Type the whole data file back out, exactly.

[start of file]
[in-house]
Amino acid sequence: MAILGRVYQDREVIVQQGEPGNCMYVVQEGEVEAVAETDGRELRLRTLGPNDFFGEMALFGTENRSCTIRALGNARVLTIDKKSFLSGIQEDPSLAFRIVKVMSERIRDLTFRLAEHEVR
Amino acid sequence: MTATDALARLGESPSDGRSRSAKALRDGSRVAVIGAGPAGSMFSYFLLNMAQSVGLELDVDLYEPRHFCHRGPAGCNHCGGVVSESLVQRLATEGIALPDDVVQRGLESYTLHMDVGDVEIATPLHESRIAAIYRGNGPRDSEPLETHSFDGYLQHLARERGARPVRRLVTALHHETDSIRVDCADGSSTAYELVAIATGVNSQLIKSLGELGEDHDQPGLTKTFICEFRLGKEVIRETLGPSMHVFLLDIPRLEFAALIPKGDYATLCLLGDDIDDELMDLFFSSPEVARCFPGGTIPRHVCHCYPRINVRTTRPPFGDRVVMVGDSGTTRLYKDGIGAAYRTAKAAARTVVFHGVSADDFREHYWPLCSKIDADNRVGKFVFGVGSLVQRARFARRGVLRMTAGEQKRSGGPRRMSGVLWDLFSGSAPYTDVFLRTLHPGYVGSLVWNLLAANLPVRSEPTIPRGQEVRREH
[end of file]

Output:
[in-house]
Amino acid sequence: MAILGRVYQDREVIVQQGEPGNCMYVVQEGEVEAVAETDGRELRLRTLGPNDFFGEMALFGTENRSCTIRALGNARVLTIDKKSFLSGIQEDPSLAFRIVKVMSERIRDLTFRLAEHEVR
Amino acid sequence: MTATDALARLGESPSDGRSRSAKALRDGSRVAVIGAGPAGSMFSYFLLNMAQSVGLELDVDLYEPRHFCHRGPAGCNHCGGVVSESLVQRLATEGIALPDDVVQRGLESYTLHMDVGDVEIATPLHESRIAAIYRGNGPRDSEPLETHSFDGYLQHLARERGARPVRRLVTALHHETDSIRVDCADGSSTAYELVAIATGVNSQLIKSLGELGEDHDQPGLTKTFICEFRLGKEVIRETLGPSMHVFLLDIPRLEFAALIPKGDYATLCLLGDDIDDELMDLFFSSPEVARCFPGGTIPRHVCHCYPRINVRTTRPPFGDRVVMVGDSGTTRLYKDGIGAAYRTAKAAARTVVFHGVSADDFREHYWPLCSKIDADNRVGKFVFGVGSLVQRARFARRGVLRMTAGEQKRSGGPRRMSGVLWDLFSGSAPYTDVFLRTLHPGYVGSLVWNLLAANLPVRSEPTIPRGQEVRREH